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Contributed by: Caribou Public Library
Date: circa 1928
Contributed by: Camden Public Library
Date: circa 1892
Contributed by: Mantor Library at UMF
Date: circa 1944
Media: ink on paper
Public education has been a part of Maine since Euro-American settlement began to stabilize in the early eighteenth century. But not until the end of the nineteenth century was public education really compulsory in Maine.
Farmington's Normal School -- a teacher-training facility -- opened in 1863 and, over the decades, offered academic programs that included such unique features as domestic and child-care training, and extra-curricular activities from athletics to music and theater.
As early as 1633, entrepreneurs along the Piscataqua River in southern Maine utilized the force of the river to power a sawmill, recognizing the potential of the area's natural power sources, but it was not until the 1890s that technology made widespread electricity a reality -- and even then, consumers had to be urged to use it.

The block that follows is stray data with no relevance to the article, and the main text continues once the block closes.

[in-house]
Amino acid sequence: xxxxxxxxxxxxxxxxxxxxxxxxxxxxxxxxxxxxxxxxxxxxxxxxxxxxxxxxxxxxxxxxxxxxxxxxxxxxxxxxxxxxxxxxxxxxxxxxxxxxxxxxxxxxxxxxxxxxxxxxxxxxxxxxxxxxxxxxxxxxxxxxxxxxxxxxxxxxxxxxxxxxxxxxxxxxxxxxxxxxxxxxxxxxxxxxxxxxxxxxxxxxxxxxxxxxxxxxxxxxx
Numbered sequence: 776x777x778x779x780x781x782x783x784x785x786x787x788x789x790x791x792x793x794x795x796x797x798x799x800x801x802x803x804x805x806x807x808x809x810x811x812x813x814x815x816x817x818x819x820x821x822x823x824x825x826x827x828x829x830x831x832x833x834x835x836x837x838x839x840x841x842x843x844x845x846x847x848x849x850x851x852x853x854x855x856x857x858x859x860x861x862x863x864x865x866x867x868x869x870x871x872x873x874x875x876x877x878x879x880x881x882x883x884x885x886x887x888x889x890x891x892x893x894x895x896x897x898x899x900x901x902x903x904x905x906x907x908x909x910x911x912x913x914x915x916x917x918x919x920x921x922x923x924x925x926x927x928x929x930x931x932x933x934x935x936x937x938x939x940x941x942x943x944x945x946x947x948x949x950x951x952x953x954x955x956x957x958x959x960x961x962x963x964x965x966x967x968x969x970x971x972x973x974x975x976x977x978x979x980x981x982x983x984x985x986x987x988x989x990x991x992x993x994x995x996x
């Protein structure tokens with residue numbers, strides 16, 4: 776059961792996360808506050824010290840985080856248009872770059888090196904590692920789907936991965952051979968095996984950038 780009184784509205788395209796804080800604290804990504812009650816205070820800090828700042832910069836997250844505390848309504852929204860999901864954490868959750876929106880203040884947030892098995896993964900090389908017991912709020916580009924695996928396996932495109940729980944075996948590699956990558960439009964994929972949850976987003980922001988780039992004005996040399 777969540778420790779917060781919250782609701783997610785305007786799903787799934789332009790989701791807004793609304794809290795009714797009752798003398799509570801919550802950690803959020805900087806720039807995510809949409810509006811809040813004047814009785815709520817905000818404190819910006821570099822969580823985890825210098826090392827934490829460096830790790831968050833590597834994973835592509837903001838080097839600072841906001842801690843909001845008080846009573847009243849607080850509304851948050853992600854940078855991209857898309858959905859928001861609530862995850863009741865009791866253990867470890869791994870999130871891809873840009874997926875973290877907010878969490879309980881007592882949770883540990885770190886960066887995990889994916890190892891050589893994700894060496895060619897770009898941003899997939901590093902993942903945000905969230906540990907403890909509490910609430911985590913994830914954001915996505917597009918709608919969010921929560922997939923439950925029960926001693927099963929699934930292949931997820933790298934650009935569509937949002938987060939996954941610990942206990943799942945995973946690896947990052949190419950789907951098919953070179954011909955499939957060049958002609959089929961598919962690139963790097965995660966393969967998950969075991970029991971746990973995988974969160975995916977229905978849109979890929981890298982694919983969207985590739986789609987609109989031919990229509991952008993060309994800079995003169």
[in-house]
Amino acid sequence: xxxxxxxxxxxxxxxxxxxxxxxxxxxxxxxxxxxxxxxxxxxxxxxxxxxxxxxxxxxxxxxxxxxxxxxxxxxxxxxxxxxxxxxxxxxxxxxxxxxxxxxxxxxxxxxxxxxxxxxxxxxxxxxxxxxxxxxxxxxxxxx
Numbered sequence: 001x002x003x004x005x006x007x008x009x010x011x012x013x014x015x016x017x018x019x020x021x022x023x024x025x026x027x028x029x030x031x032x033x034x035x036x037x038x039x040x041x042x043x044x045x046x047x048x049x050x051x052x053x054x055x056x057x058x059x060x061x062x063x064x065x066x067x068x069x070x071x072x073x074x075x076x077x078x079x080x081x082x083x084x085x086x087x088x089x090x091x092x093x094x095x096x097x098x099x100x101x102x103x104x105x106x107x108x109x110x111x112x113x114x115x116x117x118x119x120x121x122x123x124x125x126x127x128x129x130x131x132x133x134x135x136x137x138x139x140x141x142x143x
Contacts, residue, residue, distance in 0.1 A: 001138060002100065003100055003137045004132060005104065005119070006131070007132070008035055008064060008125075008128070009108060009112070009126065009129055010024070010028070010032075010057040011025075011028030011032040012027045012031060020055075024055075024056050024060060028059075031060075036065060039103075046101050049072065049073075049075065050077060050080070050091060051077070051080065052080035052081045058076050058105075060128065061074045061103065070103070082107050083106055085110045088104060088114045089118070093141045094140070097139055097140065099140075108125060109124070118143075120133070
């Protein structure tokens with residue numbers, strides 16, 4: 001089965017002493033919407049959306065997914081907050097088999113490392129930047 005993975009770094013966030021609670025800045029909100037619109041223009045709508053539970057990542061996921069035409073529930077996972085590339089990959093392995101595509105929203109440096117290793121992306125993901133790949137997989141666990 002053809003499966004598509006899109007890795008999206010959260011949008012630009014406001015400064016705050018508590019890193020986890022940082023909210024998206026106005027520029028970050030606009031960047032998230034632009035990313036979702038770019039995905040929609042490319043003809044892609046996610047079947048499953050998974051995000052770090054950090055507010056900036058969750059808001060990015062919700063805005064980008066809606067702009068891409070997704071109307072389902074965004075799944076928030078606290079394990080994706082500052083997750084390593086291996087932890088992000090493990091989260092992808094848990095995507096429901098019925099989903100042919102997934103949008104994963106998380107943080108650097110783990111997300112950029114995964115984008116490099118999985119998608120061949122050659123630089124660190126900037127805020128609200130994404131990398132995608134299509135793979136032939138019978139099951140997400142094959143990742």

The history of a town on the northern bank of the St. George River, as told by representatives from Thomaston Historical Society, Thomaston Public Library, Montpelier: the General Henry Knox Museum, and students from Georges Valley High School. Architecture, General Knox, the Civil War, the Great Depression, and the state prison are some of the topics covered.